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News from Council 11 November 2015

12 Nov 2015

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GOC Council meets in Farringdon

Council met at the GOC’s new offices in Farringdon for the first time.

All future Council meetings will be held at the new offices, as will other meetings that the regulator had to previously hold off-site. Fitness to practise hearings have been in Farringdon since October.

Samantha Peters, GOC Chief Executive and Registrar, announced that the GOC hopes staff will move to the office on Tuesday 1 December – although with the caveat that this remains subject to the successful testing of IT equipment next week.

Samantha Peters said, “Today is an important landmark for the GOC, and so will 1 December be when, subject to IT testing, our staff move in and Farringdon becomes our new home. The more modern working environment, improved accessibility, better IT infrastructure and greater meeting room capacity will all be of great benefit to our ability to work effectively in protecting the public.”

Council approves £10 increase in GOC fees

Council has agreed a £10 increase in the GOC registration fee, making the fee for optometrists, dispensing opticians and bodies corporate £320.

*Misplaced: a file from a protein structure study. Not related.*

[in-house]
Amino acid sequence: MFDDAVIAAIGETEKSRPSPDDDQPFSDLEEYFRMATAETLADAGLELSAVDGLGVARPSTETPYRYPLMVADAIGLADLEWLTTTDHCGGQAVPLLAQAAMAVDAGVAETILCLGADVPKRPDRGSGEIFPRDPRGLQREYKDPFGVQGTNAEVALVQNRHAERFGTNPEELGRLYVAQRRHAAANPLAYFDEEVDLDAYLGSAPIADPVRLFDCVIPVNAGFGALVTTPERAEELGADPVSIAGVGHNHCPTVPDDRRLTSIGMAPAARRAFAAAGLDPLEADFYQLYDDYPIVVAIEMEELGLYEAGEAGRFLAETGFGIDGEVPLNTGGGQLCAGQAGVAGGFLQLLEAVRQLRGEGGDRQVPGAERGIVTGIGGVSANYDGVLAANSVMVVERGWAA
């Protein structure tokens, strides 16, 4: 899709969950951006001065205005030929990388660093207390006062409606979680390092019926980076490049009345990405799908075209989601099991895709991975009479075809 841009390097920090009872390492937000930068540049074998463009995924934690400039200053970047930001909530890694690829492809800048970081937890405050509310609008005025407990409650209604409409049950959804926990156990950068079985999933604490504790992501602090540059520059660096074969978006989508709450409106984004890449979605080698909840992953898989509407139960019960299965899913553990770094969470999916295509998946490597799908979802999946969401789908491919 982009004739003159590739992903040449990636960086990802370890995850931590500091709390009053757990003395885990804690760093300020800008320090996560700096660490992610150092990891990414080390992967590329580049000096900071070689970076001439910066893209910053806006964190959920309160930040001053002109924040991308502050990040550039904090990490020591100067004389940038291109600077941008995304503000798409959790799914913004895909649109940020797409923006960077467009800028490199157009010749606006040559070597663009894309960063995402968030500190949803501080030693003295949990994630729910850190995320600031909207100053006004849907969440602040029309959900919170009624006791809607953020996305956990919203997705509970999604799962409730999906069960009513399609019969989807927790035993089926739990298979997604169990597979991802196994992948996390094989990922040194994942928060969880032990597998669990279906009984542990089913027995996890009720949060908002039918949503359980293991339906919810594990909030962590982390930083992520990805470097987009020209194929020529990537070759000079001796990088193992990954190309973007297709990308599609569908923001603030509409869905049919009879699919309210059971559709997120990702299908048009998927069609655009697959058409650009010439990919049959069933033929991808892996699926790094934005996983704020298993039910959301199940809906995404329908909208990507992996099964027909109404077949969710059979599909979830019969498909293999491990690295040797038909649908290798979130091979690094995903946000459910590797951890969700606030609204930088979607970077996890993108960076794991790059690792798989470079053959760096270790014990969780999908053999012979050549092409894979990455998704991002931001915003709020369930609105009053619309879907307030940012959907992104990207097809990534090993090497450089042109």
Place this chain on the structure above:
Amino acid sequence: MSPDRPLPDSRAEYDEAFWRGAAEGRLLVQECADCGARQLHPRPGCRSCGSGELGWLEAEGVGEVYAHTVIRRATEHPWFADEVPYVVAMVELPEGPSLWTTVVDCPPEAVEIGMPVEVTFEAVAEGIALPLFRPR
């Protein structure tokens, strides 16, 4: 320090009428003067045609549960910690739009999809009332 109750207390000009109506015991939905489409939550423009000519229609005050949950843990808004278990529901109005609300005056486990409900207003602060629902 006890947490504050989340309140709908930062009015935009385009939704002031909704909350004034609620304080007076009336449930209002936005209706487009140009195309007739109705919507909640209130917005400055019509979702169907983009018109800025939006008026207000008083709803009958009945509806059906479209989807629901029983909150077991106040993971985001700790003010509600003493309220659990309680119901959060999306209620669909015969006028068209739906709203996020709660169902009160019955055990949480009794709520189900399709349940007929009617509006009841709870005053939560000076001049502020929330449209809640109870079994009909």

Student registration fees have been frozen at £25 and the £100 discount for practitioners on low incomes remains in place.

Gareth Hadley, GOC Chair, said, “The 3.2% increase will ensure we have sufficient resources to carry out our regulatory functions, while limiting the strain that fees place on registrants.

“Inflation is naturally part of the reason for the increase, but it is also born out of a commitment to longer-term planning to ensure ongoing financial stability.

"The £10 increase builds in a contingency for eventualities such as a further increase in complaint numbers or particularly complex cases. It will also allow us to continue the implementation of our new Standards of Practice and consult thoroughly on new business standards. We must also bear the costs of more visits to education institutions and a levy to the Professional Standards Authority (PSA) of around £3.50 per registrant."

CET update

Council received an update on the end of the current CET cycle and arrangements for removing registrants who do not meet their CET requirements from the registers. Unlike previous CET cycles, there will be no three month ‘shortfall’ period so all registrants must ensure that they meet their CET requirements by 31 December 2015 to avoid being removed from the register and being unable to practise.

Latest figures show that around 5,500 registrants still need to meet their CET requirements so they need to take immediate action in order to remain on the register in 2016.

The GOC also announced some changes for the 2016-18 CET cycle. A new CET competency called ‘Standards of Practice’ will replace the current ‘Professional Conduct’ competency, ensuring that all registrants have to do one piece of CET relevant to the GOC’s new standards.

The GOC is also introducing some changes to the MyCET online system linked to the requirement to do CET on the new standards of practice. When registrants first log in in 2016 they will have to declare that they have read and understood the new Standards of Practice.